Childhood obesity may be inherited from parents
WASHINGTON, February 20, 2017 – Childhood obesity is an increasing problem around the world, and a new study suggests genes may contribute to the problem. A new study by the University of Sussex in England has found that parents of obese children may have passed on their obesity genetically, according to Science Direct. The numbers are startlingly dramatic: 35 to 40 percent of a child’s body mass index, or BMI, is inherited from their parents.
Before parents begin to start blaming themselves for their overweight child or children, it is crucial that they understand that the study discovered that genetics only played one part in the overall overweight condition of their children. The environment also plays a key role, and therefore, it also can be part of the solution to dealing with childhood obesity.
Reducing weight in children requires increased nutrition and changes in daily eating and family behavior.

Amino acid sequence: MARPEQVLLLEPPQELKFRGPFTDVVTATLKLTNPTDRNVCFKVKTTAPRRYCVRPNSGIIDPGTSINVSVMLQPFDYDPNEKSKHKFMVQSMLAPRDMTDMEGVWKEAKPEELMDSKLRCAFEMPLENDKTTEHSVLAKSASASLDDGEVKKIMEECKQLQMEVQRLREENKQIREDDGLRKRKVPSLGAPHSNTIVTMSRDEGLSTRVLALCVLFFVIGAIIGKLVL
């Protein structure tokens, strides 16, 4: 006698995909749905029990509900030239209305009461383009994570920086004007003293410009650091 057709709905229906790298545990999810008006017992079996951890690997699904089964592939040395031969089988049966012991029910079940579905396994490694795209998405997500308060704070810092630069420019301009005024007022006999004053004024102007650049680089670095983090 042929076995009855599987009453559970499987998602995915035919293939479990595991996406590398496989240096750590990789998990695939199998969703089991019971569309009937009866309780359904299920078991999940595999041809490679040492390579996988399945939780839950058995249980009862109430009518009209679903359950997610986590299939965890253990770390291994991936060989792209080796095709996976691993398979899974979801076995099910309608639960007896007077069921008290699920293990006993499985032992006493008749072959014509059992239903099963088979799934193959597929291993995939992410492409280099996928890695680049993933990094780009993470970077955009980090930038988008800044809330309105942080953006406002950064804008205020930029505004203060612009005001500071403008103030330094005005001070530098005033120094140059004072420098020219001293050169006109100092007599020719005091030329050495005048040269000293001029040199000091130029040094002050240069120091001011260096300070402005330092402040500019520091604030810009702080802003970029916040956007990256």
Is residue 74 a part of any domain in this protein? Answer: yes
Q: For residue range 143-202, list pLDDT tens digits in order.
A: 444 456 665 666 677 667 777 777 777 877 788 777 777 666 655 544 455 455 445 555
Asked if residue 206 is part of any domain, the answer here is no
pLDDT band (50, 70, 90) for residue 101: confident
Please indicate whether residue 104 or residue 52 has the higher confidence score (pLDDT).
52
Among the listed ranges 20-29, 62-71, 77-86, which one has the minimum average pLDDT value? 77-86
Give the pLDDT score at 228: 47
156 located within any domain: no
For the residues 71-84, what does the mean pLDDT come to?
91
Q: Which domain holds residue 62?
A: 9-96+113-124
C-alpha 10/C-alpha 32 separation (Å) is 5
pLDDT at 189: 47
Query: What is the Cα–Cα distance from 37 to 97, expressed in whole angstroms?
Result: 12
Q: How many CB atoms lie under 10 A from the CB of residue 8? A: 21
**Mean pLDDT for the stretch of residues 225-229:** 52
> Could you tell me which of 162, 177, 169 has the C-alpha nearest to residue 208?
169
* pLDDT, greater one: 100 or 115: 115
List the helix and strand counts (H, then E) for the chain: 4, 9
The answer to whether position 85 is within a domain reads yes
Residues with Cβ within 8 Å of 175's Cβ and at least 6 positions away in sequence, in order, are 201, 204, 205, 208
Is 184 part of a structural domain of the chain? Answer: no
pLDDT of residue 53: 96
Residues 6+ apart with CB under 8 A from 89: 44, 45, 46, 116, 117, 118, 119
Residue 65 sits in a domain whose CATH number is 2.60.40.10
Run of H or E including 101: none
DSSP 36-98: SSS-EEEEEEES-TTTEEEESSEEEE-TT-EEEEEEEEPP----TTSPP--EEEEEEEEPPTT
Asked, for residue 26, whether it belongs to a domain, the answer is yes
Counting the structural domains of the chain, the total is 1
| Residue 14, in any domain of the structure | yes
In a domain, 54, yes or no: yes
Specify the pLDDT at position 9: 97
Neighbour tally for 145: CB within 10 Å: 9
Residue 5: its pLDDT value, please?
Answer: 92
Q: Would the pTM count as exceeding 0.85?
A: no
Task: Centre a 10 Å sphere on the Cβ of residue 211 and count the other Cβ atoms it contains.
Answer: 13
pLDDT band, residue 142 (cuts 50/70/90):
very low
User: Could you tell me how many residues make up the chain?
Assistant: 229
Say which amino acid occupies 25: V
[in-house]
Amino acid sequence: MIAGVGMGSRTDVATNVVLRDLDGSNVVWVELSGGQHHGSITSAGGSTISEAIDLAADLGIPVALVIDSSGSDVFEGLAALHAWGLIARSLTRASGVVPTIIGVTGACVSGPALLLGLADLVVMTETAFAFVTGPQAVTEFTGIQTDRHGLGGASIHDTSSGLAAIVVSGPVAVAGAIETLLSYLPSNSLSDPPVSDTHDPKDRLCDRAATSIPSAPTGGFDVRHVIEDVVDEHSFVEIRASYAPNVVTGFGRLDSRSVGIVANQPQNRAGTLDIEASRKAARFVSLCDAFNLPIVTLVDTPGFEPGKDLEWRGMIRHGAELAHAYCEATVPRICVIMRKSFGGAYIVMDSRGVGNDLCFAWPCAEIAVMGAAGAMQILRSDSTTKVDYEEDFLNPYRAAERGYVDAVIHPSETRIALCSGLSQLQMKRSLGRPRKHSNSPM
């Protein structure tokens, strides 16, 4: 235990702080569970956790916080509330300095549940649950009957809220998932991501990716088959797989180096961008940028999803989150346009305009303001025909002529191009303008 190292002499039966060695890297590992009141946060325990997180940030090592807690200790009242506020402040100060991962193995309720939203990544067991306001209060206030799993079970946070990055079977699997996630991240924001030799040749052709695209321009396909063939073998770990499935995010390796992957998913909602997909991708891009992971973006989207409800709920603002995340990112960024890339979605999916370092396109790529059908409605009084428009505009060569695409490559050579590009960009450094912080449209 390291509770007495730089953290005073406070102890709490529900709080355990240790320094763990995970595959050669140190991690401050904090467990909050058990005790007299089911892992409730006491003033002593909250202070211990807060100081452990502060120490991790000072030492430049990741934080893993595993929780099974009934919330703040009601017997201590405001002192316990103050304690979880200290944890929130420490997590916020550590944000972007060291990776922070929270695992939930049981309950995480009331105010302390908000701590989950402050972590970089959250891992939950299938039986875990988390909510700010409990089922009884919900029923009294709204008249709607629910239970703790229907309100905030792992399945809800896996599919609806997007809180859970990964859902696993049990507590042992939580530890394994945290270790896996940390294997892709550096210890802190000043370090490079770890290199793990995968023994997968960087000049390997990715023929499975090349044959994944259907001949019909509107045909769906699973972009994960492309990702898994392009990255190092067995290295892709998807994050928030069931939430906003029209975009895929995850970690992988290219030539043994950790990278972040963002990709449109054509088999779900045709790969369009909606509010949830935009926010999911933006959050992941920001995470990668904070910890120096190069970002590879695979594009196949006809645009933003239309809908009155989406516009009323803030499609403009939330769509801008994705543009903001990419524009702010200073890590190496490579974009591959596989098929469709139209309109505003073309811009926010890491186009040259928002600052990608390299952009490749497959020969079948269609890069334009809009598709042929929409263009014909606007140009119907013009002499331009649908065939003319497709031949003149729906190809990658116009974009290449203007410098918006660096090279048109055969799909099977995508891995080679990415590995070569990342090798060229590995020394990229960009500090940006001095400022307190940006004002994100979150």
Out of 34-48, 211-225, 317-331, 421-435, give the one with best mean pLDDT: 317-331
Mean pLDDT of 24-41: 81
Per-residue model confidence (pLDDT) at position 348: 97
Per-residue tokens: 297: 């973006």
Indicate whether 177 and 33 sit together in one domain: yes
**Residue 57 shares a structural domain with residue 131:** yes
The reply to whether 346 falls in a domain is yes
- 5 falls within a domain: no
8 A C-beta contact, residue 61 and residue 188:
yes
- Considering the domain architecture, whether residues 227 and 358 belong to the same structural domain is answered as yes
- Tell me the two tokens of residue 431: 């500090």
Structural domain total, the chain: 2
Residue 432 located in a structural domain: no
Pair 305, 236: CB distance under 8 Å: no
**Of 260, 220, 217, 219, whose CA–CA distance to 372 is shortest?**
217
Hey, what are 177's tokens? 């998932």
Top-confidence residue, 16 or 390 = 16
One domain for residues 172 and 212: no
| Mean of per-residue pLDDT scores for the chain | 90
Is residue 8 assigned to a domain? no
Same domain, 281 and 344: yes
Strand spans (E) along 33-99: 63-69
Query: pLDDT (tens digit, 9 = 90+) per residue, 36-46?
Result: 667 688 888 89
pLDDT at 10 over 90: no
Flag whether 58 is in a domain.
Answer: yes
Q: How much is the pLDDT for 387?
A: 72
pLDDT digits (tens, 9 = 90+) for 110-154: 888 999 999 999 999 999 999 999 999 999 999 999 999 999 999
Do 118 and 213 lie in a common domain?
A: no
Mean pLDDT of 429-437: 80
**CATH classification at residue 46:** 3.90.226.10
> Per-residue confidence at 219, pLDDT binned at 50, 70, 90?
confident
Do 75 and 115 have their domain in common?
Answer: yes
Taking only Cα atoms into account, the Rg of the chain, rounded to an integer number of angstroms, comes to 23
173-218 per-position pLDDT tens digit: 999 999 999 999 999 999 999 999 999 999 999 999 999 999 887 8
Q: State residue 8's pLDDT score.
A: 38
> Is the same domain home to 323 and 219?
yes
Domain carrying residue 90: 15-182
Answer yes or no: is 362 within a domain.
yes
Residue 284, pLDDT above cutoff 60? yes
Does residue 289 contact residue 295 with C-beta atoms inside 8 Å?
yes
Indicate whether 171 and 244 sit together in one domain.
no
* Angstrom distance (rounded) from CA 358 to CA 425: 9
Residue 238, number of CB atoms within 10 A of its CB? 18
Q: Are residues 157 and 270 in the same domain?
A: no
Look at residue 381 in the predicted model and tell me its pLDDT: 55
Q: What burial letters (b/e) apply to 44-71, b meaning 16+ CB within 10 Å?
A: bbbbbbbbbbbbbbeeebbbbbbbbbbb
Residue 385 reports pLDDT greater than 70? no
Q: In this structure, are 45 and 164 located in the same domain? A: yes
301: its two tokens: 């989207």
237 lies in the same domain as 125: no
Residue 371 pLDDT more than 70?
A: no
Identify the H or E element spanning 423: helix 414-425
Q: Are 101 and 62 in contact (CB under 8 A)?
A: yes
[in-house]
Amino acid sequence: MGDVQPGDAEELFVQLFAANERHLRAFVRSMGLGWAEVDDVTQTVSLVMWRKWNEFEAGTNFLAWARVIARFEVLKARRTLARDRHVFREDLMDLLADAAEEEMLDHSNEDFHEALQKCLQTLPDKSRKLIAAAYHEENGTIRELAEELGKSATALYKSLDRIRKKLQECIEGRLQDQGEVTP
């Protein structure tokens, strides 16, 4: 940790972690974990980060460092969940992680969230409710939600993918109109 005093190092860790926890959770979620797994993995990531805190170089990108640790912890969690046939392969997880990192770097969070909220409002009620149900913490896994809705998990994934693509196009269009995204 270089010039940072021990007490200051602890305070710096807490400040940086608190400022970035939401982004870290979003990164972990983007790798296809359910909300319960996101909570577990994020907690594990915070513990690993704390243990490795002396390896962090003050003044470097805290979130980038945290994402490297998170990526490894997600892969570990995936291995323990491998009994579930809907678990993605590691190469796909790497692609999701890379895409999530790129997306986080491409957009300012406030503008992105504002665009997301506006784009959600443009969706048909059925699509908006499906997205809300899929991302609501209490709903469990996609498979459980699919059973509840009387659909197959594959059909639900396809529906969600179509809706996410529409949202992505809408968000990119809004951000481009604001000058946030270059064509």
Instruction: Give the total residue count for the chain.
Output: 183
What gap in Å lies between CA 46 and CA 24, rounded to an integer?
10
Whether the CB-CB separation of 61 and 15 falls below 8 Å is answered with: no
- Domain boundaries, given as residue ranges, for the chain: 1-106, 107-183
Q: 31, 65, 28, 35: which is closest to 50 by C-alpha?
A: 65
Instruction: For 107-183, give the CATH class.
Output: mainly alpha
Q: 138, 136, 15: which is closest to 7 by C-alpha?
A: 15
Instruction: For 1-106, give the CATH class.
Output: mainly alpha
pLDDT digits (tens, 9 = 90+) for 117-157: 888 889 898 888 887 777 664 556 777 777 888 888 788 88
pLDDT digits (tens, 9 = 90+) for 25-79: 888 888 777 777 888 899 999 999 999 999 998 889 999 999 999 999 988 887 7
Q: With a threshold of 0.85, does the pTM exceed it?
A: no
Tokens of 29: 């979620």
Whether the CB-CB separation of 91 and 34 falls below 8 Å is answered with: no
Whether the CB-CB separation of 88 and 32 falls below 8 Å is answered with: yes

Intergenerational transmission of a child’s body mass index, or BMI was found to be equally genetically distributed between both parents. In addition, if the parents were both obese then the genetic contribution to their children rose from 35 to 40 percent to 55 to 60 percent. The researchers examined weight data from 100,000 children and their parents from the United Kingdom, the United States, China, Indonesia, Spain and Mexico, reported upi.
Childhood obesity is a worldwide problem. According to Peter Dolton of the University of Sussex, the parental genetic obesity distribution pattern is found to be incredibly consistent, “all countries, irrespective of their stage of economic development, degree of industrialisation, or type of economy.”
The findings can represent a clarion call for parents. The study shows that parents can begin to have a positive impact on their children’s health and over all development by taking charge at the moment of birth. Professor Dolton stressed that, “This shows that the children of obese parents are much more likely to be obese themselves when they grow up – the parental effect is more than double for the most obese children what it is for the thinnest children.”
The study’s conclusions can have dramatic far-reaching consequences for the world-wide health of children. According to the research, what a parent decides to do with his or her own health choices in eating and exercise can dictate the future health of their unborn child as well.